by Rob Campbell on November 23, 2014
Some big things happened when Brian Rotsztein the President and Founder of CIMA, the Canadian Internet Marketing Association was in town last week to speak at WordCamp Toronto 2014. He brought a half dozen copies of his new book Content Marketing Ideas, and some of the manuscript for our cooperative effort, (a book on Story Funnels to be released in the spring of 2015). Brian also brought two vinyl banners emblazoned with the words ‘Canadian Internet Marketing Association’ upon which the red CIMA logo is artfully positioned over the word ‘Toronto’. In presenting me with these sanctioned tapestries Brian Rotsztein did appoint me President of the Toronto Chapter until such time as the need arises to replace my leadership.
As President, I manage the CIMA Toronto meet-up group, and take as my mandate the task to grow attendance at our events, and work to raise the overall membership of the organization. @JoinCIMA is my mantra and most popular Twitter inclusion.
On the 13th of November 2014 the CIMA Toronto Meetup group met for the first time at 90 Sumach St in the amenity room of the Boiler House Lofts bldg, a venue kindly donated by Toronto Ad Agency, Jib Strategic. David Shephard is a major supporter of CIMA and he volunteered his own time, setting up chairs, taking coats and watching the door for late arrivals. An artfully detailed account of CIMA Toronto’s first historic assembly was published on the Jib blog over the wknd.
Before the meeting started, everyone at the table helped themselves to a cold can of beer, or a glass of chilled Fresita, pink Chilean wine that was donated by Branding and Buzzing Sean Beckingham and then, the perfect ice breaker, everyone took turns wearing Ahmed Abdalla‘s Google glasses.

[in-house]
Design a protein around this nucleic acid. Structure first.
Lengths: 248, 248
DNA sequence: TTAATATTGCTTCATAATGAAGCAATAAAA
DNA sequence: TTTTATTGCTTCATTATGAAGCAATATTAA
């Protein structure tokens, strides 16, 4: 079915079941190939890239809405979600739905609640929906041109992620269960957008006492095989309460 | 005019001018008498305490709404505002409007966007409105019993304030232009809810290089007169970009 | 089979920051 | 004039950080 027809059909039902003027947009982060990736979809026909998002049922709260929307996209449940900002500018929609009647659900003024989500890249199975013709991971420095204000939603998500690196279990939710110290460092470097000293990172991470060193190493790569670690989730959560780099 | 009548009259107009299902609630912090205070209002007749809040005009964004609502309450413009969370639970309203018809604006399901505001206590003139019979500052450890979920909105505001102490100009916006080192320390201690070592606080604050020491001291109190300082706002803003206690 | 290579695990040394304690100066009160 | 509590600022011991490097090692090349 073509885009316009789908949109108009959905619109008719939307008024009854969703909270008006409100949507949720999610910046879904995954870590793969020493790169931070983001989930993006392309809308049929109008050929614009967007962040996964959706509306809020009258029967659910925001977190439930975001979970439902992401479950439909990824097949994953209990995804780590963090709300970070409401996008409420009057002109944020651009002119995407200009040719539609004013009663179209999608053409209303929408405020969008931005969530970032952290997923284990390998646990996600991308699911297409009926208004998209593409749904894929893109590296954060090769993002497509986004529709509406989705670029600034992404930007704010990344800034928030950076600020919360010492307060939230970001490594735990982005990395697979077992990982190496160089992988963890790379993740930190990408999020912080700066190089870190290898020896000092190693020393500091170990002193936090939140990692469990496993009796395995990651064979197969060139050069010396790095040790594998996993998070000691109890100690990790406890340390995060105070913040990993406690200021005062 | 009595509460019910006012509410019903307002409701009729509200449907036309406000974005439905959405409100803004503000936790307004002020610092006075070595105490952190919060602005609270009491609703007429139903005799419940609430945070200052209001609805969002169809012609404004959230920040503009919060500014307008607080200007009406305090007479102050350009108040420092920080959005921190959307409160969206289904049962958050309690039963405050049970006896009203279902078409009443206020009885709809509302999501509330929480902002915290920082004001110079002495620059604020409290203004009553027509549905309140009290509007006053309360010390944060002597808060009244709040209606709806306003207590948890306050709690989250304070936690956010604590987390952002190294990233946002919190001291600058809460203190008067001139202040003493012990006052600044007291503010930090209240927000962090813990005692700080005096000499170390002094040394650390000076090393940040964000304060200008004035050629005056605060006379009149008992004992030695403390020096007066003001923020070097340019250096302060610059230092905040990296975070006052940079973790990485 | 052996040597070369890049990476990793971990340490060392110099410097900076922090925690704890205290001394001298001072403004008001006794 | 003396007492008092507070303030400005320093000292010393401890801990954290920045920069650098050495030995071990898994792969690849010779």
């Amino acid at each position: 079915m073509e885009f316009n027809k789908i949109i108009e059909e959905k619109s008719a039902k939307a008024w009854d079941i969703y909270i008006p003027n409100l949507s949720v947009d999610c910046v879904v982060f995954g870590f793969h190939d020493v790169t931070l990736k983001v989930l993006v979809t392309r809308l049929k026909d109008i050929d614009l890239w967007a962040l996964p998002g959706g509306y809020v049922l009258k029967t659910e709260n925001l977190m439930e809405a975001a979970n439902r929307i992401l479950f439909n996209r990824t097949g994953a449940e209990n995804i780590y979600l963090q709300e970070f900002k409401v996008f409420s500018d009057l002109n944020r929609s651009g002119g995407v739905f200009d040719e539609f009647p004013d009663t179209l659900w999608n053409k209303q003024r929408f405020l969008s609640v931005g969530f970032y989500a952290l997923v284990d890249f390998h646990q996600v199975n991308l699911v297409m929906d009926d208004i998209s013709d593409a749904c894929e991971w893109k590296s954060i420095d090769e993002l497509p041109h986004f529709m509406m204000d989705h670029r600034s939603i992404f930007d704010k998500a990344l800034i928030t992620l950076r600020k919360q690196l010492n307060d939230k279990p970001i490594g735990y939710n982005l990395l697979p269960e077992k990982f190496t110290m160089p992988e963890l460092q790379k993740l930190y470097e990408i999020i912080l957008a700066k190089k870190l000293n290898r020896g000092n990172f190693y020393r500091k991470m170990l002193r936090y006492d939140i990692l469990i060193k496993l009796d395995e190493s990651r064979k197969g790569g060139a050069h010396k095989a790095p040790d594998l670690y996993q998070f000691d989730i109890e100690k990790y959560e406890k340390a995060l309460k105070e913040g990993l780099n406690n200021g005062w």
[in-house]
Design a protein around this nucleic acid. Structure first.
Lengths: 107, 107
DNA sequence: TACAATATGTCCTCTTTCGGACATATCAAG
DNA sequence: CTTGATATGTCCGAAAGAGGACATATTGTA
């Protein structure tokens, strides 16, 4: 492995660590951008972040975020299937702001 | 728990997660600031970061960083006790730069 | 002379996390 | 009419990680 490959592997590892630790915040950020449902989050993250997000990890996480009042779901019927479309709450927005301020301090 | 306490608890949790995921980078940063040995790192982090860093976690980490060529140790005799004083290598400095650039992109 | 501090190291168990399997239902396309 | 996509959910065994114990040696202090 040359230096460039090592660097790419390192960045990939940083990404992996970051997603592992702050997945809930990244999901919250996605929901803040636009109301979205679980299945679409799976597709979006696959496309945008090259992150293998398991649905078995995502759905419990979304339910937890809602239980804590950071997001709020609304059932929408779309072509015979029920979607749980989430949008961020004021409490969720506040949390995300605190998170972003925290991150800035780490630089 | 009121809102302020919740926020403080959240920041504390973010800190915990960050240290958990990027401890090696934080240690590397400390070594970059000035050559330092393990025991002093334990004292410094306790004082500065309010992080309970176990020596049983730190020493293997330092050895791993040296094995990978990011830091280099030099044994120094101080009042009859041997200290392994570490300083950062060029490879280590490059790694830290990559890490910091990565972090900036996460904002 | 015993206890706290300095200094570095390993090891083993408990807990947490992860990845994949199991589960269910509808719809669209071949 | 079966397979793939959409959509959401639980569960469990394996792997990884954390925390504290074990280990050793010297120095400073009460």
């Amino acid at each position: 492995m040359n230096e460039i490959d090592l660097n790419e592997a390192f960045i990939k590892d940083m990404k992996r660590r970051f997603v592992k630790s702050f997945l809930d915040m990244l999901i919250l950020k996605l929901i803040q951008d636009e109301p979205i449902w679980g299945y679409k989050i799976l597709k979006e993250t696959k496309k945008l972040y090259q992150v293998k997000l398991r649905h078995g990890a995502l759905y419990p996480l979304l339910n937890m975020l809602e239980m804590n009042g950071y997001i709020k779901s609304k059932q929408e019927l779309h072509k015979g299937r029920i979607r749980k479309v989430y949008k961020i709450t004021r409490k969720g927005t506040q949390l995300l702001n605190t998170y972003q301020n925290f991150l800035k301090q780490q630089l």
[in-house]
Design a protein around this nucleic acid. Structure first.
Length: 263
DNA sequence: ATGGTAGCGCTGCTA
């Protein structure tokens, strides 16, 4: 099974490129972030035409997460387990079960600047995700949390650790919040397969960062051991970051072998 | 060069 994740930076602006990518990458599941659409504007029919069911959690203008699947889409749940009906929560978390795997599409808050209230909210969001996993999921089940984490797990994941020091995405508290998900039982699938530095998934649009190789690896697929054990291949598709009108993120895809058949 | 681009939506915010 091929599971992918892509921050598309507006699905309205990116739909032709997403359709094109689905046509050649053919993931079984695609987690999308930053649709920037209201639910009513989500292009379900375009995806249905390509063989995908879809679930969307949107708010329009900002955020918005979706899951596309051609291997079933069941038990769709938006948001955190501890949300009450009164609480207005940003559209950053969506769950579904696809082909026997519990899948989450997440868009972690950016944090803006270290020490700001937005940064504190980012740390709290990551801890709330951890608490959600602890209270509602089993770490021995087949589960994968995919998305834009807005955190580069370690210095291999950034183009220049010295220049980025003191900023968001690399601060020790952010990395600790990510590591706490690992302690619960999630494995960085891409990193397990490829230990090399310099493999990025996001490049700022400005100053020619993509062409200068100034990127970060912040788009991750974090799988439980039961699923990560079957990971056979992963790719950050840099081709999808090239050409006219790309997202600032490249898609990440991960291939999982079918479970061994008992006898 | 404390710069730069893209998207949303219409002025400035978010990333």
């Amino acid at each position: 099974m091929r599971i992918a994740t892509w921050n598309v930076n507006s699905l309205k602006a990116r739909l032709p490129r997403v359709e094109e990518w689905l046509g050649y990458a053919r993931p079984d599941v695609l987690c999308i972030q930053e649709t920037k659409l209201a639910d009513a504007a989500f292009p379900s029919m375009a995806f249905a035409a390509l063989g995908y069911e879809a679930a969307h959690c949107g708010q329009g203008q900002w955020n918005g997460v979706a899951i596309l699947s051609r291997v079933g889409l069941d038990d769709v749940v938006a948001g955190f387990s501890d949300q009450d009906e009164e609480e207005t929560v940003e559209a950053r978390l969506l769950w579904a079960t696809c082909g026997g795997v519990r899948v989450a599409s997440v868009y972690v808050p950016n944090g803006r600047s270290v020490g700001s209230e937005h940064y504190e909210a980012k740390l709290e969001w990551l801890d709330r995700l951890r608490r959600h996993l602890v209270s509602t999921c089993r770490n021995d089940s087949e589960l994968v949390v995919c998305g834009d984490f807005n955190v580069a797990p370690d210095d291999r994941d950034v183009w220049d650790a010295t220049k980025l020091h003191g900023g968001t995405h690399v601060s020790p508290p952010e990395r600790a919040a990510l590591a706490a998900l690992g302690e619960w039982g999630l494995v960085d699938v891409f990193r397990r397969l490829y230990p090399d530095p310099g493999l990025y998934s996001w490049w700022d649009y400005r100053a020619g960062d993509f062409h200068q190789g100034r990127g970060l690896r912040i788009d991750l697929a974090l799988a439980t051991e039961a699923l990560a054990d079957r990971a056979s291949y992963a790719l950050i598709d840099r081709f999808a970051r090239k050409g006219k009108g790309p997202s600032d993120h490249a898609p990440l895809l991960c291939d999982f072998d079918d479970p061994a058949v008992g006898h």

Decorated with those signature red CIMA banners the Boiler Lofts common room was instantly transformed into a ‘theatre of potential’. While not very large, the assembly was truly diverse and represented a perfect cross-section of Canadian online society, an informal gathering of web marketing professionals with varied perspectives on our nation’s business and political landscape.
At one point I asked each of the attendees why they came to the meeting, and what they would like to see happen with the group? I wondered what socioeconomic or political causes are closest to their hearts, and which of these causes should top our agenda?
An overwhelming majority of attendees remarked on how they hoped to limit CSEC spying, and reinforce the idea that Net Neutrality must be attained and protected in Canada.. With the birth of CIMA Toronto, digital marketers here in the GTA and all across Ontario now have a neutral resource to query and access to get second opinions, honest appraisals and unbiased reviews of proposals and reports. Its also hoped the Toronto web marketers can evolve this association into a respected voice in local politics and assist in federal and provincial web policy-making.
Sometimes the issues that threaten our freedom on the web are so complex they require a trusted interpreter to break it all down, to look at the legislation and say yes or no, these proposals are on track or offside. Of course the membership is free to make their own decisions, but they can count on us to read the laws and legal codes and do the math. A catalyst to action, the Harper Government is this year giving its spies more power through the passage of Bill C-13 (better known as the Cyberbullying Bill), which makes it easier for law enforcement agencies to surveil Canadians and allows Internet Service Providers to voluntarily turn your information over to the government without consequence, and without notifying you. The bill is so broad that even Carol Todd — mother of Amanda Todd, whose heartbreaking death helped inspire C-13 has spoken out against its surveillance provisions.
Geoff Whitlock the CEO of SURROUND digital marketing agency voiced his favorable opinion of CASL the new Canadian Anti Spam Law while others thought it was a complete waste of time, doing more damage than good by chilling legitimate email marketers. James from BBS Toronto bookkeeping service added to the mix by describing how CASL and the threat of litigation has stopped his firm from sending email newsletters to clients, and yet his inbox is still being deluged by foreign companies.
After the speakers convened and the official business was conducted , the party started.